(LEAD) S. Korea, U.S. pushing for defense ministers' videoconference next month
(ATTN: RECASTS lead with fresh attribution; ADDS spokesperson's remarks on Seoul-Tokyo talks in paras 3, 9-11)
By Oh Seok-min
SEOUL, May 26 (Yonhap) -- South Korea and the United States are working to set up a videoconference call between their defense ministers next month to discuss defense cost-sharing, North Korea and other pending issues, the defense ministry said Tuesday.
The move came as an annual meeting in Singapore of defense ministers in the region, known as the Shangri-La Dialogue, has been called off due to the coronavirus pandemic. The South and the U.S. have usually held one-on-one talks on the sidelines of the conference.
"Discussions are under way between South Korea and the U.S. on holding a defense ministers' meeting via teleconferencing," ministry spokesperson Choi Hyun-soo told a regular briefing. "The exact date and agenda items are yet to be fixed."
Key agenda items during the bilateral meeting would be their talks for a new Special Measures Agreement (SMA) that stipulates how much Seoul will pay for the upkeep of the 28,500-strong U.S. Forces Korea.
The defense cost-sharing negotiations have been deadlocked after U.S. President Donald Trump rejected Seoul's offer as insufficient. Officials said Washington has asked Seoul to pay $1.3 billion per year, a nearly 50 percent increase from last year, while Seoul says its best offer stands at a 13 percent increase.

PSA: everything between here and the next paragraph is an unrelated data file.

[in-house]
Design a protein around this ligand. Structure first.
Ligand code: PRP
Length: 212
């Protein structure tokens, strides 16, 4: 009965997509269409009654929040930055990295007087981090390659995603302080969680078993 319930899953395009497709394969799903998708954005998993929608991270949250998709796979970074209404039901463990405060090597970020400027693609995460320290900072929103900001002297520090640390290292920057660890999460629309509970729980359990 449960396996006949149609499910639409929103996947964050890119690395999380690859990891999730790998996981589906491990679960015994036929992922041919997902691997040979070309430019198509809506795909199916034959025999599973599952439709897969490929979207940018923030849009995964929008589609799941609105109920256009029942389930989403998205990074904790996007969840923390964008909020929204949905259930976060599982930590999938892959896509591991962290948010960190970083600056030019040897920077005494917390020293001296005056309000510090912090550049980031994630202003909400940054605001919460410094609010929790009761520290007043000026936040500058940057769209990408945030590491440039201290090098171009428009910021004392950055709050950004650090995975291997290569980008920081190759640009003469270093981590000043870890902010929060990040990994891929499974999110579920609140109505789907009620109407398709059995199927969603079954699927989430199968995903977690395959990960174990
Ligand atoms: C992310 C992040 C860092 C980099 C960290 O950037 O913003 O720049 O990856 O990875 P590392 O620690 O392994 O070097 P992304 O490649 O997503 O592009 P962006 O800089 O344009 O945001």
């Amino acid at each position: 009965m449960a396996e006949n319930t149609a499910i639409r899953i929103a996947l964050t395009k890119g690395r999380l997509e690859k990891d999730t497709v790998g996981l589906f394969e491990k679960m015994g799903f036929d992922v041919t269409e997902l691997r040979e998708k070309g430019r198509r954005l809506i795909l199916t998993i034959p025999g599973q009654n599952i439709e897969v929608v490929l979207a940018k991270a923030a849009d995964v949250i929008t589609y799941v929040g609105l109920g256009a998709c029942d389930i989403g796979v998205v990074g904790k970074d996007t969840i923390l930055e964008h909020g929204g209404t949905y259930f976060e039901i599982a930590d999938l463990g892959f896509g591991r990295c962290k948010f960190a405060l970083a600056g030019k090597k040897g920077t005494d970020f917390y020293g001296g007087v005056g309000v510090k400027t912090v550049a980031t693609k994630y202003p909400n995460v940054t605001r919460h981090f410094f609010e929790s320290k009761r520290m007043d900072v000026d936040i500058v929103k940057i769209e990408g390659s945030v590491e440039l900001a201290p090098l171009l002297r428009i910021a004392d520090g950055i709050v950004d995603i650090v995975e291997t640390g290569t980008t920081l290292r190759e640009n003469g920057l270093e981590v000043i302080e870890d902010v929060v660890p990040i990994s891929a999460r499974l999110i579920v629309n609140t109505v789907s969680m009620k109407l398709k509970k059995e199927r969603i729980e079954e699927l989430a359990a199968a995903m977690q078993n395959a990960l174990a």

Amid the protracted stalemate, USFK has put around 4,000 South Korean employees on unpaid leave since April 1.
The two ministers are also expected to discuss regional security issues, including North Korea, how to further enhance their joint readiness posture and preparations for the envisioned transfer of the wartime operational control of South Korean troops from Washington to Seoul, according to officials.
The defense ministry said earlier that the South Korean and U.S. defense ministers are planning to have a trilateral dialogue via videoconferencing involving their Japanese counterpart next month.
South Korea and Japan are also discussing the possibility of talks between their defense ministers, but "nothing has been fixed, as there are many factors to be taken into consideration," an official familiar with the matter said.
The two neighbors have been at odds over historic and economic issues stemming from Japan's 1910-45 colonization of the Korean Peninsula.
"We've had discussions regarding ministerial talks with other nations. As for the matter (of the Korea-Japan defense talks), nothing is fixed," spokesperson Choi said.
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